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  1. #1
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    Your Hollowpoints - how much do they weigh??

    How much do your IH hollowpoints weigh in at?

    I'm curious to know as I'm still considering a 2004 IH Hollowpoint frame. I found a shop willing to part out a 2004 Hollowpoint expert down to the frame, shock, headset, seatpost and seatpost clamp (I already have many solid XT parts to put on it as well as a Mavic 317 wheelset and was thinking of a Talas or Vanilla up front). I also have a Thomson stem, Fizik Nisene saddle, time atac pedals.

    But I'm curious to know whether or not I can get a hollowpoint in around the 27 pound or lighter range with what I've got.

    It would be a huge help if you could post the year of your frame, it's size and some of the key components along with its weight if that wouldn't be too much trouble.

    Thanks in advance for any help you can provide.

    Mark

  2. #2
    Riding a Rig.
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    here is some info on what weights people have achieved: HP Expert 17.5" = 31.4 lbs?
    "Physics is timeless. Marketing and bs never lasts. Thats been proven time and time again."
    -Dave Weagle

  3. #3
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    Thanks - so 28,29,30 pounds seems to be the norm eh? hmmmm.

  4. #4
    Loose Nut Behind d' Wheel
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    Quote Originally Posted by CTRider
    How much do your IH hollowpoints weigh in at?

    I'm curious to know as I'm still considering a 2004 IH Hollowpoint frame. I found a shop willing to part out a 2004 Hollowpoint expert down to the frame, shock, headset, seatpost and seatpost clamp (I already have many solid XT parts to put on it as well as a Mavic 317 wheelset and was thinking of a Talas or Vanilla up front). I also have a Thomson stem, Fizik Nisene saddle, time atac pedals.

    But I'm curious to know whether or not I can get a hollowpoint in around the 27 pound or lighter range with what I've got.

    It would be a huge help if you could post the year of your frame, it's size and some of the key components along with its weight if that wouldn't be too much trouble.

    Thanks in advance for any help you can provide.

    Mark
    My XS (15") Team weighs 28-29 lbs. I haven't weighed it recently, so I can't remember exactly. It's built up with:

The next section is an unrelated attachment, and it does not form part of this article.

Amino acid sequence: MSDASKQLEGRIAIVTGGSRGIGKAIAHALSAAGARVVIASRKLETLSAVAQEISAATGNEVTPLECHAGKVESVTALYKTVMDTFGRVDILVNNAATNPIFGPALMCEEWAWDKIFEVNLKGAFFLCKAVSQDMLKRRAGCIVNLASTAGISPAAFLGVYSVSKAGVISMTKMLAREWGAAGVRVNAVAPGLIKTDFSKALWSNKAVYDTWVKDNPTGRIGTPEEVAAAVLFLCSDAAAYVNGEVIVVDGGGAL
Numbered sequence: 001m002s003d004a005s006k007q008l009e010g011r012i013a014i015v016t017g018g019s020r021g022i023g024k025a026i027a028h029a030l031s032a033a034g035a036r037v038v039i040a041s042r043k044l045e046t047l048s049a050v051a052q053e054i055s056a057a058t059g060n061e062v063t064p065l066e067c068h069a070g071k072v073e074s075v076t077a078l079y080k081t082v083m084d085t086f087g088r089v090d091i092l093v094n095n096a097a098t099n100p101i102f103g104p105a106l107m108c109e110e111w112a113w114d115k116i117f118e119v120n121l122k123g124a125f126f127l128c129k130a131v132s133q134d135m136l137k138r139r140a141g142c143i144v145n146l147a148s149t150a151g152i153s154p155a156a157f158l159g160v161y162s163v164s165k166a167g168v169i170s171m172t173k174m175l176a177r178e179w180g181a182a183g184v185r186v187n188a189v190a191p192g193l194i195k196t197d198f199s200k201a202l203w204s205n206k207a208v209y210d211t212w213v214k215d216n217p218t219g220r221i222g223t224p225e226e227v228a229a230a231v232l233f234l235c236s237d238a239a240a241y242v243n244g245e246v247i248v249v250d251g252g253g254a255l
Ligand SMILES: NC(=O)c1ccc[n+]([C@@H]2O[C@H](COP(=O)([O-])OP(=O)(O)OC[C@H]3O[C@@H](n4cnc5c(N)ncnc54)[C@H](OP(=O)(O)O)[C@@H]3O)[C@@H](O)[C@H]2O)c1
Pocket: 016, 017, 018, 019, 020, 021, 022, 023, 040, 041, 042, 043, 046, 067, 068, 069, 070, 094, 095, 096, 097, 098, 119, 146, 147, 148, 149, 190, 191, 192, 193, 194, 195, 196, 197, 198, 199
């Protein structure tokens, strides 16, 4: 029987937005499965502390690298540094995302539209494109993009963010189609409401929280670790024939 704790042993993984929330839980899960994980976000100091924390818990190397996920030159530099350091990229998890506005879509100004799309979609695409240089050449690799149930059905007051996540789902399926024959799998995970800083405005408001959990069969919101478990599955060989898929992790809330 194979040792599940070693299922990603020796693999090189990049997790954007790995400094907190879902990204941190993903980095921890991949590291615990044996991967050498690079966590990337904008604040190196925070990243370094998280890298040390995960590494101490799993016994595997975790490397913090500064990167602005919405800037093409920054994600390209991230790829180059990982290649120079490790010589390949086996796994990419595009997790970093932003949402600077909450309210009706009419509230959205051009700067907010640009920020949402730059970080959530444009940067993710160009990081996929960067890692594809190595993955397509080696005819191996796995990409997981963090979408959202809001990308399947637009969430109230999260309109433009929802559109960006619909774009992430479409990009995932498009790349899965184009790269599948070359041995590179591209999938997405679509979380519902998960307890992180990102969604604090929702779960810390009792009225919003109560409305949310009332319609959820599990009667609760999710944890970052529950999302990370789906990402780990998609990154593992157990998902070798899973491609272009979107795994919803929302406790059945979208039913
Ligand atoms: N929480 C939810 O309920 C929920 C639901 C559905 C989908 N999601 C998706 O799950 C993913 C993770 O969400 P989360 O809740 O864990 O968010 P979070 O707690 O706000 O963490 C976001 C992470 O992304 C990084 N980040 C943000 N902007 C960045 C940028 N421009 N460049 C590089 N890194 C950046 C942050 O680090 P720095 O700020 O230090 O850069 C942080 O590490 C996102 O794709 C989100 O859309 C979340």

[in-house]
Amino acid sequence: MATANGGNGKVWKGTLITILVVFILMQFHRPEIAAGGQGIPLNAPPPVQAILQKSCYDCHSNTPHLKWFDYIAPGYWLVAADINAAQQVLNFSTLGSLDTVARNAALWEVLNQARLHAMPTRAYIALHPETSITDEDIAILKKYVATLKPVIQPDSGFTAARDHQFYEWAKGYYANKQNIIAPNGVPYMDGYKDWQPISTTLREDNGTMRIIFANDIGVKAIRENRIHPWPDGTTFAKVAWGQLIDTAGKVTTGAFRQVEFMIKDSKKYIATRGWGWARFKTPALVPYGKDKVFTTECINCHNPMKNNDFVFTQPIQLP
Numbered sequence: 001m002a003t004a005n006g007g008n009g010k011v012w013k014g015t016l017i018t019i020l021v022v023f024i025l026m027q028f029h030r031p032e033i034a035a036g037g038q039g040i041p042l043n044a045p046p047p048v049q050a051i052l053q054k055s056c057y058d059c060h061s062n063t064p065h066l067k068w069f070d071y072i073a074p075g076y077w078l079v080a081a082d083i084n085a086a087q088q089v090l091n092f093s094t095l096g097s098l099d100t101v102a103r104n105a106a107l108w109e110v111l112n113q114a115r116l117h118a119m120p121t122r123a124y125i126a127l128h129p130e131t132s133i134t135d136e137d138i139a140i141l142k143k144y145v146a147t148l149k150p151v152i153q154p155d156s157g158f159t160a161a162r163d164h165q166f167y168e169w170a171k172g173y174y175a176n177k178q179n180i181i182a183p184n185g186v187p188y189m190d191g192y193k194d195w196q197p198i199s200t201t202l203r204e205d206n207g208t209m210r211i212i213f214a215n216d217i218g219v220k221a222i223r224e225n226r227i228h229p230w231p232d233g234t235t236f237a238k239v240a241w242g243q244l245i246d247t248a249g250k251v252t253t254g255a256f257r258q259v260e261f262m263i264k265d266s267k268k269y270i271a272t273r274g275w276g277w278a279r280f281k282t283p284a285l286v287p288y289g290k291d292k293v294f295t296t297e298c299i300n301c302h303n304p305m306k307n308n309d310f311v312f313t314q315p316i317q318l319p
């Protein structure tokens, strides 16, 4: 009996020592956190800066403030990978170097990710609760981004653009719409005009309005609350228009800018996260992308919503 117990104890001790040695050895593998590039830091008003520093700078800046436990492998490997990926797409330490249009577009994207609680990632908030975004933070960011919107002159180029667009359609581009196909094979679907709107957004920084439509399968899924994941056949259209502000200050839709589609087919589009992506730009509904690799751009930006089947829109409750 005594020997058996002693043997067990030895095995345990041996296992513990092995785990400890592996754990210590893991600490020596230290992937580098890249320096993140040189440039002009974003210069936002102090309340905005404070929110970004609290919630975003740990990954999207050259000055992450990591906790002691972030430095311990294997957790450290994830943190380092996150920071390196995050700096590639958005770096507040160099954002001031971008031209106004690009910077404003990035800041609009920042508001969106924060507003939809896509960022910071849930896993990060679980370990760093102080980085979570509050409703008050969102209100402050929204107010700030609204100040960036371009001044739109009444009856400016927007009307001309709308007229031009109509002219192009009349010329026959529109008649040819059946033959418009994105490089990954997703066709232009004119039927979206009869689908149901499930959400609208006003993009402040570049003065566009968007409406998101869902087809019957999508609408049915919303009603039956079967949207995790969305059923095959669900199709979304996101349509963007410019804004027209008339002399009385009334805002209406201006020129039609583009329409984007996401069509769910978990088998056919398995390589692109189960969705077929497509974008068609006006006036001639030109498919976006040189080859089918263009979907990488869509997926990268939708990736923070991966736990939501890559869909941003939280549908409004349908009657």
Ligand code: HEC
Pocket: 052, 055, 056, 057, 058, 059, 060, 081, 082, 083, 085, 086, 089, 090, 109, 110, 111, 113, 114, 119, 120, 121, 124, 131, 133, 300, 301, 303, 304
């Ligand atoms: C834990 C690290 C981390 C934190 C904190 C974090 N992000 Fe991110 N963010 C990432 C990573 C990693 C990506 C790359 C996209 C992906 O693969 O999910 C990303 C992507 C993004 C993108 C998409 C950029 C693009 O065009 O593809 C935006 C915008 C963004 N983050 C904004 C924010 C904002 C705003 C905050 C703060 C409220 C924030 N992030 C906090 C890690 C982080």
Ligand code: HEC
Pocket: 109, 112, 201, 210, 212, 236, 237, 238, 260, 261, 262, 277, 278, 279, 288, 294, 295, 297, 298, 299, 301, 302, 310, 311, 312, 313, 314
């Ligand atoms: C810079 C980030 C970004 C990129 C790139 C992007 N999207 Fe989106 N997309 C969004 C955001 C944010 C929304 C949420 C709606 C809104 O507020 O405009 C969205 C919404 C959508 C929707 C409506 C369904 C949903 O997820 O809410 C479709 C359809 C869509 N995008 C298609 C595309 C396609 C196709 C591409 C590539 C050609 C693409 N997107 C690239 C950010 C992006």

'03 Talas RLC fork
    Fox Float AVA RL shock
    King/Mavic 517/DT comp wheels
    Panaracer Smoke/Ritchey Z-Max Millenium WCS tires, about 600gr each,
    Yes-Tubes
    Kore skewers
    '03 XTR crank/BB
    Avid Mech discs
    Avid Ultimate levers
    Sram 9.0 shorty shifters and rear der
    XT front der
    SRAM chain (PC-99?)
    FSA carbon flat bar
    Sette stem (about 125-130 gr)
    Thomson seatpost, 330mm
    Terry Fly saddle
    Time ATAC carbon pedals - old style
    Salsa seatpost QR
    ODI Rogue Lock-on grips
    Carbon bar ends

    I could shave more weight off of it with lighter tires, Eggbeater pedals, or even the newer ATAC XS, lighter brakes, lighter grips and maybe a carbon seatpost, but the stuff I've got is working like a charm, and the weight just isn't holding me back. I can climb the same stuff with this bike as I can on my 25 lb RacerX. And I'm a wimp. ;^)

    Kathy
    Last edited by Lucky; 12-02-2004 at 02:03 PM. Reason: forgot the shock
    Look where you want to go. This is as true in life as it is in mtbiking.

  5. #5
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    Thanks Kathy - so in a sense the great pedaling characteristics of these bikes actually help negate some weight do they?

    Is this your bike of choice over the RAcer X?

  6. #6
    Loose Nut Behind d' Wheel
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    Quote Originally Posted by CTRider
    so in a sense the great pedaling characteristics of these bikes actually help negate some weight do they?
    Yes, I'd have to say this is true. For what it's worth, the components on both bikes are essentially the same, including tires, up until last month when I put some schwag goodies on the RacerX. They were 1.95's and didn't make sense to put on a 5" bike.